Cash Gifting
to Family and Others



Gifting Basics

You may be in a position to consider cash gifting to your family members or others. It is best to be sure to check the latest regulations regarding any gifting programs. We want to give a brief overview of the requirements to assist you.

The Internal Revenue Service provides information on its website (irs.gov) on gifting. See Gift Taxes for the specific guidelines.

Without taking on the role of a tax attorney, we will just provide some of the key points regarding cash gifting or property gifting, as identified in the IRS Publication 950. The following was taken directly from Publication 950 (Version 9/2008).


Unified Credit (Applicable Exclusion Amount)

A credit is an amount that reduces or eliminates tax. A unified credit applies to both the gift tax and the estate tax. You must subtract the unified credit from any gift tax that you owe. Any unified credit you use against your gift tax in one year reduces the amount of credit that you can use against your gift tax in a later year. The total amount used during life against your gift tax reduces the credit available to use against your estate tax.

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The unified credit against taxable gifts remains at $345,800 (exempting $1 million from tax) through 2009, while the unified credit against estate tax increases during the same period. For anyone considering cash gifting, the following table shows the unified credit and applicable exclusion amount for the calendar years in which a gift is made or a decedent dies after 2001.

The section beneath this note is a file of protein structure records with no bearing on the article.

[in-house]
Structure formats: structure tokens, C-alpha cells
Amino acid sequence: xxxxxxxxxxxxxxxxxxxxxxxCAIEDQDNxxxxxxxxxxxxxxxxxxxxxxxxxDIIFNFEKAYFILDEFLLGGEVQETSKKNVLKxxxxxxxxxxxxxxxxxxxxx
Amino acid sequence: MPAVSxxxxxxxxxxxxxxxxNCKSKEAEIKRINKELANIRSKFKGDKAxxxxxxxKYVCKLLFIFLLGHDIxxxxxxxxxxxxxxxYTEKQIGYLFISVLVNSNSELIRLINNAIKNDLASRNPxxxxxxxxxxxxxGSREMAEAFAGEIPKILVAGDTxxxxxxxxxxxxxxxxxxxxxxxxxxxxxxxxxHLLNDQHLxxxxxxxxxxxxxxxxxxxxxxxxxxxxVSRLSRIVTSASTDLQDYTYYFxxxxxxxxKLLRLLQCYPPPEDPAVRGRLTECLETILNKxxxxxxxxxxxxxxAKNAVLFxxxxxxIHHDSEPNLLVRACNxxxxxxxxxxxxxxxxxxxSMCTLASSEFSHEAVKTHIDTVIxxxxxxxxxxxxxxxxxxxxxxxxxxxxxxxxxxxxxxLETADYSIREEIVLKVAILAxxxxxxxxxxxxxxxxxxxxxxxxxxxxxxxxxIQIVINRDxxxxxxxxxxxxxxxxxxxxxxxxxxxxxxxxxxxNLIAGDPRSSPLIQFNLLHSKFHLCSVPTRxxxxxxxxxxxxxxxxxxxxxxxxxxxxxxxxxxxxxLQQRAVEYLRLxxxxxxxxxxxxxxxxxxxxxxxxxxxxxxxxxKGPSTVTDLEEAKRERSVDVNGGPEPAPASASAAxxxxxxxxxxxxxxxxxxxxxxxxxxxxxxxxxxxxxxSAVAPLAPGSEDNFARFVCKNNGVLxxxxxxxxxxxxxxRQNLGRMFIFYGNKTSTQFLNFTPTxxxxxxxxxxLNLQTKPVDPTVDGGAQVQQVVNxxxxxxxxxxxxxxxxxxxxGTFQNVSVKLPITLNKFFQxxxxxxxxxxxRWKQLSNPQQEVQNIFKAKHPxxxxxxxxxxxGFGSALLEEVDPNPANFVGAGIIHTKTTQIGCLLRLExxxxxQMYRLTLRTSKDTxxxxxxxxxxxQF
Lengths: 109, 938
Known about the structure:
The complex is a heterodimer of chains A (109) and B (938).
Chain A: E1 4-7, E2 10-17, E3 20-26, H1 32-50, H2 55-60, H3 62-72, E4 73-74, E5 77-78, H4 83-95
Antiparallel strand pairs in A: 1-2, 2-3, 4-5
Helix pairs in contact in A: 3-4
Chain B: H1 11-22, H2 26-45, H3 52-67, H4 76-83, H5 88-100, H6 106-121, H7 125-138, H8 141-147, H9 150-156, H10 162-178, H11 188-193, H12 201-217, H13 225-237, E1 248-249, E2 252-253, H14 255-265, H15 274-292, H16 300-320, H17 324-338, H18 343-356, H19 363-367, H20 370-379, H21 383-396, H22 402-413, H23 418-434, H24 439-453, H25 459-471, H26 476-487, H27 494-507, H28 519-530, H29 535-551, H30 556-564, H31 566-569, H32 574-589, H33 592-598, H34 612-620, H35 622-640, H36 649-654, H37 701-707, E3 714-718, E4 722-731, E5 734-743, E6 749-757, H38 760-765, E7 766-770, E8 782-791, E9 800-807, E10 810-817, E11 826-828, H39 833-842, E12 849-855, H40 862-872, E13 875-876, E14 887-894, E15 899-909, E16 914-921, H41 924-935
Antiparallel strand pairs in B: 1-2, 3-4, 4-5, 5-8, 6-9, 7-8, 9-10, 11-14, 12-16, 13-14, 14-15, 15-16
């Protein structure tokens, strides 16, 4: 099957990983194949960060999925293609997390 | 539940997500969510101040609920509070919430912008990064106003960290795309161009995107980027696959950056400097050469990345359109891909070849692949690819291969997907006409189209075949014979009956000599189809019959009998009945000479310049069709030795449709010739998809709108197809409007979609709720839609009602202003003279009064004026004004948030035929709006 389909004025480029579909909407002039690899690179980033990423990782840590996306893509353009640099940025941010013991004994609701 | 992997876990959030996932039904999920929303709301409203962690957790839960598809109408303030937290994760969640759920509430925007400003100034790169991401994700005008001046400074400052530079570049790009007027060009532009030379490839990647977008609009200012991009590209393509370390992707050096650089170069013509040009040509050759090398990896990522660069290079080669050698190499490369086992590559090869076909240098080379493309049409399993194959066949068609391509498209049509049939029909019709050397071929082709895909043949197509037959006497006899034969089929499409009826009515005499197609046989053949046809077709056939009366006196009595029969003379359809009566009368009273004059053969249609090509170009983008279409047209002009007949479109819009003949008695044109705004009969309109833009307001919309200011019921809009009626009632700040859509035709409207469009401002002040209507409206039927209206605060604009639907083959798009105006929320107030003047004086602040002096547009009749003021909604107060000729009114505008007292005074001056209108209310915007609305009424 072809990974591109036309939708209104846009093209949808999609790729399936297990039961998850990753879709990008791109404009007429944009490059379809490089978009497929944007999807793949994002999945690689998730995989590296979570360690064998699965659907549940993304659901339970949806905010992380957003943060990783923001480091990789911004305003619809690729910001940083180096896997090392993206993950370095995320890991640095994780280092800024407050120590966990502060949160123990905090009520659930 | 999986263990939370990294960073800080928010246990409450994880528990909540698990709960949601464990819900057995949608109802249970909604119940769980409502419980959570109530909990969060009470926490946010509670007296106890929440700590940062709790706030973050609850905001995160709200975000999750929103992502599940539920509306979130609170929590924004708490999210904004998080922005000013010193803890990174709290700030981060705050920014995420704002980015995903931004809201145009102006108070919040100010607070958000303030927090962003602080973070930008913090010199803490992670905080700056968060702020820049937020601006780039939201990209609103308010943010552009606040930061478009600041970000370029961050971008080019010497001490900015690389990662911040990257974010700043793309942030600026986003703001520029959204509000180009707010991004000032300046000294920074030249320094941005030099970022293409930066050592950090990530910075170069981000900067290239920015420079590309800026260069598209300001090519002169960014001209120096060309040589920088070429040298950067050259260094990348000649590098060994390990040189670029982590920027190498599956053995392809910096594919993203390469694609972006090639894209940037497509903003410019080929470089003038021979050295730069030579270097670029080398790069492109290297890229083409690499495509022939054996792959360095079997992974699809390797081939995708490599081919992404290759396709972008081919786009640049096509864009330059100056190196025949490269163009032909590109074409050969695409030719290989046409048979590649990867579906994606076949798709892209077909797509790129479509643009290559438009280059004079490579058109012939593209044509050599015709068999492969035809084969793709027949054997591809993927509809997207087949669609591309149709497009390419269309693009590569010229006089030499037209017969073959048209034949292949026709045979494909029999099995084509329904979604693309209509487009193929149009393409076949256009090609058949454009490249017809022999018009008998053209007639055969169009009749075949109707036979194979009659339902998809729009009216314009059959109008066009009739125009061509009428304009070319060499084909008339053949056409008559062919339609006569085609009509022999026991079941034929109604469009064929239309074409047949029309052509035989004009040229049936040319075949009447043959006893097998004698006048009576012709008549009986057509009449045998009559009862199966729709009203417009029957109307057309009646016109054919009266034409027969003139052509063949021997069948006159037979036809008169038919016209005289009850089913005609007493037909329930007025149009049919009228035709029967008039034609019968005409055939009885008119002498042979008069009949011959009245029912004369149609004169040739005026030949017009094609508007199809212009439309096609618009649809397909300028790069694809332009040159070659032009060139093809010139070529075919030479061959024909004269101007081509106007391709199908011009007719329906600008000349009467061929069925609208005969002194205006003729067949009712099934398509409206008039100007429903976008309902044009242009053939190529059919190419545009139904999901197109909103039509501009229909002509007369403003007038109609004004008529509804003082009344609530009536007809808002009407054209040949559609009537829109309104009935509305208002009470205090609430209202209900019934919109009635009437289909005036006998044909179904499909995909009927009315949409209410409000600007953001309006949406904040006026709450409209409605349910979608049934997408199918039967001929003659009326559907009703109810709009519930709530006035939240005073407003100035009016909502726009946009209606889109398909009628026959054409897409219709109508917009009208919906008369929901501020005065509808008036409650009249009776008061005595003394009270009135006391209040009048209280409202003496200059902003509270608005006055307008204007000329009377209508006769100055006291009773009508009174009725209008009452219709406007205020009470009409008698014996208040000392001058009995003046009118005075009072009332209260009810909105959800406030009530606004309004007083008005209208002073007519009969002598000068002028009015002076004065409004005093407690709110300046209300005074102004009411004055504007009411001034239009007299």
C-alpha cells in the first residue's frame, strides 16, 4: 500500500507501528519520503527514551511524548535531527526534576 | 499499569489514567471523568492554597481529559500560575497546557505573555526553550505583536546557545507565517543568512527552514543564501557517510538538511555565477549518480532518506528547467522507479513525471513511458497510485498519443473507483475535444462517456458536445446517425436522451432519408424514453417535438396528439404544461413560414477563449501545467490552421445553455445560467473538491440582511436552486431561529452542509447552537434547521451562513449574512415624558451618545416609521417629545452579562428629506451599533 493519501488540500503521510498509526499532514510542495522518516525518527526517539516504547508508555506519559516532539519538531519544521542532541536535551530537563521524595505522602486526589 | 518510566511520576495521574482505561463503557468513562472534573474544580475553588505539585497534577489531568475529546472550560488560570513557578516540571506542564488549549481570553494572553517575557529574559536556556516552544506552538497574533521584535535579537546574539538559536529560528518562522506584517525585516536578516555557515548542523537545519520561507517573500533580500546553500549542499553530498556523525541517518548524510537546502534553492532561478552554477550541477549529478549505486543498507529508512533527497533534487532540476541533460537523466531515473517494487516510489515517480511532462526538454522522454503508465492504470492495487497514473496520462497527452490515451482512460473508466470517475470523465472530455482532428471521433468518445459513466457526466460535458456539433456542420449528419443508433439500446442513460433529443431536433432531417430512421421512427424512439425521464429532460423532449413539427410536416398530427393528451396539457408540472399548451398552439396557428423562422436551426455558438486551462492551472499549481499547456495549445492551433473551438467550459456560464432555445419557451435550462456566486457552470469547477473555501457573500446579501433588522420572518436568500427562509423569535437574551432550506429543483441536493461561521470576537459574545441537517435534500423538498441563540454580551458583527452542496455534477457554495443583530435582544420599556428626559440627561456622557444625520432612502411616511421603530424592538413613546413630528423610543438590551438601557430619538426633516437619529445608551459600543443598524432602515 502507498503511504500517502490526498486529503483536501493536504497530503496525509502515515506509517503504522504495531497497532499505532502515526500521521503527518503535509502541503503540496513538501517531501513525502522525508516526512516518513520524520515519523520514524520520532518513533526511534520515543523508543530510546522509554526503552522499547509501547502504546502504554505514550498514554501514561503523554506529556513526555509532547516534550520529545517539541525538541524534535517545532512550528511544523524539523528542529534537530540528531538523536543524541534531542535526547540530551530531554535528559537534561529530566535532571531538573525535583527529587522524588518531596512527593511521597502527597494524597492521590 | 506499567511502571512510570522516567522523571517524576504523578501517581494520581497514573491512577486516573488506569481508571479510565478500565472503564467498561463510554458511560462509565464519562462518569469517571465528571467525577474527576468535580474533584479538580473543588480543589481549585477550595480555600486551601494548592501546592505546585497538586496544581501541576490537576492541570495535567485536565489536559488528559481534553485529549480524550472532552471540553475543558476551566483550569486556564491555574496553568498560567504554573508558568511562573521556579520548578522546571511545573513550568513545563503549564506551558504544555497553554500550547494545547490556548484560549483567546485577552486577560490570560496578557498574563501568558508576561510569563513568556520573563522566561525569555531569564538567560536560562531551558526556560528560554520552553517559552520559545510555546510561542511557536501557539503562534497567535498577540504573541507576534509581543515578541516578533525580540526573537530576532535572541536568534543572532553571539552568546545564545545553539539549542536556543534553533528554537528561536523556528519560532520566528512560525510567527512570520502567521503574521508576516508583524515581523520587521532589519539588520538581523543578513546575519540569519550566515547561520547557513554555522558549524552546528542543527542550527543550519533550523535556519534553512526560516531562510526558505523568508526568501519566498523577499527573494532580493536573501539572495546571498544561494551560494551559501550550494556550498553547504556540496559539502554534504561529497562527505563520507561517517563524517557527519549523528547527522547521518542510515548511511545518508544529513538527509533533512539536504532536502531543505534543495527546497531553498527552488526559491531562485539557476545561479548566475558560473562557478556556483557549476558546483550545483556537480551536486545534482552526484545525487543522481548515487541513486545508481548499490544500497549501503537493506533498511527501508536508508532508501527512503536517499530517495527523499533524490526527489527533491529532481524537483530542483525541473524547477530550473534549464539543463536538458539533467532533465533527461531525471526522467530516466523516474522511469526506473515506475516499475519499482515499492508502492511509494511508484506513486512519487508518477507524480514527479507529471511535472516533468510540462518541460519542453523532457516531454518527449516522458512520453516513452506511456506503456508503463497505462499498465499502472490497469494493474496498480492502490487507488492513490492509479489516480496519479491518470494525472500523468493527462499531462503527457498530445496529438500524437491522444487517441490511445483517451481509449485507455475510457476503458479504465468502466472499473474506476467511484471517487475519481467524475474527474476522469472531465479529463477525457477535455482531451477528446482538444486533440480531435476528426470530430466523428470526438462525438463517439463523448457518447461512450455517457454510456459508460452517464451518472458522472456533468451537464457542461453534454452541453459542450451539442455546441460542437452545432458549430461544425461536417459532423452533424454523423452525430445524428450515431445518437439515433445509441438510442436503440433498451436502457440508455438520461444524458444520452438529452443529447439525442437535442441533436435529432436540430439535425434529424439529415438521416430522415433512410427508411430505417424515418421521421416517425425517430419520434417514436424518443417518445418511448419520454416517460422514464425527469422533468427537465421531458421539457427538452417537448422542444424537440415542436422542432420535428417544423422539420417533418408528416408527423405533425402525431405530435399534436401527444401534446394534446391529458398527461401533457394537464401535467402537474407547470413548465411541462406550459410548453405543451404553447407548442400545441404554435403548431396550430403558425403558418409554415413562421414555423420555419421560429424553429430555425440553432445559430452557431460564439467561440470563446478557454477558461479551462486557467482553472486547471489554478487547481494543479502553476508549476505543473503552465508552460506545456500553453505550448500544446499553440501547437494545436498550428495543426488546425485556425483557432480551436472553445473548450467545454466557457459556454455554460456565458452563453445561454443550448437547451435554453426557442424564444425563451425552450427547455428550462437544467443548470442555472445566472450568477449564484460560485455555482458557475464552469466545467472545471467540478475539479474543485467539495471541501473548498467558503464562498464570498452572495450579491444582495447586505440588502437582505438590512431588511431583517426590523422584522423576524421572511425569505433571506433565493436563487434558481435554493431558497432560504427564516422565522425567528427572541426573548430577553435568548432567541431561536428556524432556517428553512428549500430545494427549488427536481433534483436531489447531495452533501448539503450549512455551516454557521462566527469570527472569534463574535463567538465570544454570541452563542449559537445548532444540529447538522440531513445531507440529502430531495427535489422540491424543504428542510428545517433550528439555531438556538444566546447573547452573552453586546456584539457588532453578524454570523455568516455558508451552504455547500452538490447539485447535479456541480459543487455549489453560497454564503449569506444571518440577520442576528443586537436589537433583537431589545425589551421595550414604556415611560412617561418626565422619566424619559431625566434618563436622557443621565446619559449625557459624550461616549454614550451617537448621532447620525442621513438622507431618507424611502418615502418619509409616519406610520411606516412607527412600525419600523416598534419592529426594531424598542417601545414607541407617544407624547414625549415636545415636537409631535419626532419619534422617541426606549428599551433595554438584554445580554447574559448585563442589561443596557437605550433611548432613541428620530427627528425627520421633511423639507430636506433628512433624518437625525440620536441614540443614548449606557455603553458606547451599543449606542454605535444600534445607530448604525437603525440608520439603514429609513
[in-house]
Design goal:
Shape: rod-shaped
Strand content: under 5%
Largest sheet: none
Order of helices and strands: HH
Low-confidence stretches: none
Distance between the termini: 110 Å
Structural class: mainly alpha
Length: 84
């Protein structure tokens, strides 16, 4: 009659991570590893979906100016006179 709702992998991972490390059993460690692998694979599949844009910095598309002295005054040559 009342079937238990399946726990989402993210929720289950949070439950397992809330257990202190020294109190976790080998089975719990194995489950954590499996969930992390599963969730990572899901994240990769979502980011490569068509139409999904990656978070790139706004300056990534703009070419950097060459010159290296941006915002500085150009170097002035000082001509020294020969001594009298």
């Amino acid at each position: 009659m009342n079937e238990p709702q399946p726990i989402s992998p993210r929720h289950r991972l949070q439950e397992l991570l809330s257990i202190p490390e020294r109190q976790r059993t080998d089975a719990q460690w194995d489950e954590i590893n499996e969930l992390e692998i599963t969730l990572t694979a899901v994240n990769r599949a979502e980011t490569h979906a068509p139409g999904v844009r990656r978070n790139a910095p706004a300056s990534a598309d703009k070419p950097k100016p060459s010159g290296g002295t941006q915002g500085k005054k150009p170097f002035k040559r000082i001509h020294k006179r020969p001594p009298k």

Year For Gift Tax Purposes: Unified Credit For Gift Tax Purposes: Applicable Exclusion Amount For Estate Tax Purposes: Unified Credit For Estate Tax Purposes: Applicable Exclusion Amount
2002 and 2003345,8001,000,000345,8001,000,000
2004 and 2005345,8001,000,000555,8001,500,000
2006 - 2008345,8001,000,000780,8002,000,000
2009345,8001,000,0001,455,8003,500,000


Gift Tax

The gift tax applies to transfers by gift of property, as well as gifting money. You make a gift if you give property (including money), or the use of or income from property, without expecting to receive something of at least equal value in return. If you sell something at less than its full value or if you make an interest-free or reduced-interest loan, you may be making a gift.

The general rule is that any gift is a taxable gift. However, there are many exceptions to this rule.

Generally, the following gifts are not taxable gifts:

  • Gifts, excluding gifts of future interests, that are not more than the annual exclusion for the calendar year,
  • Tuition or medical expenses you pay directly to a medical or educational institution for someone,
  • Gifts to your spouse,
  • Gifts to a political organization for its use, and
  • Gifts to charities.
It is important to know that the person receiving the gift does NOT have taxable exposure for this gift.

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Annual exclusion. A separate annual exclusion applies to each person to whom you make a gift. The gift tax annual exclusion is subject to cost-of-living increases

Year(s) Annual Exclusion
1998 - 2001$10,000
2002 - 2005$11,000
2006 - 2008$12,000
2009$13,000


Important: The information provided does not represent tax advice. Please contact your CPA or tax attorney for guidance on gifting programs.


Cash gifting can be a satisfying part of your retirement. Evaluate your situation and enjoy the act of gifting.




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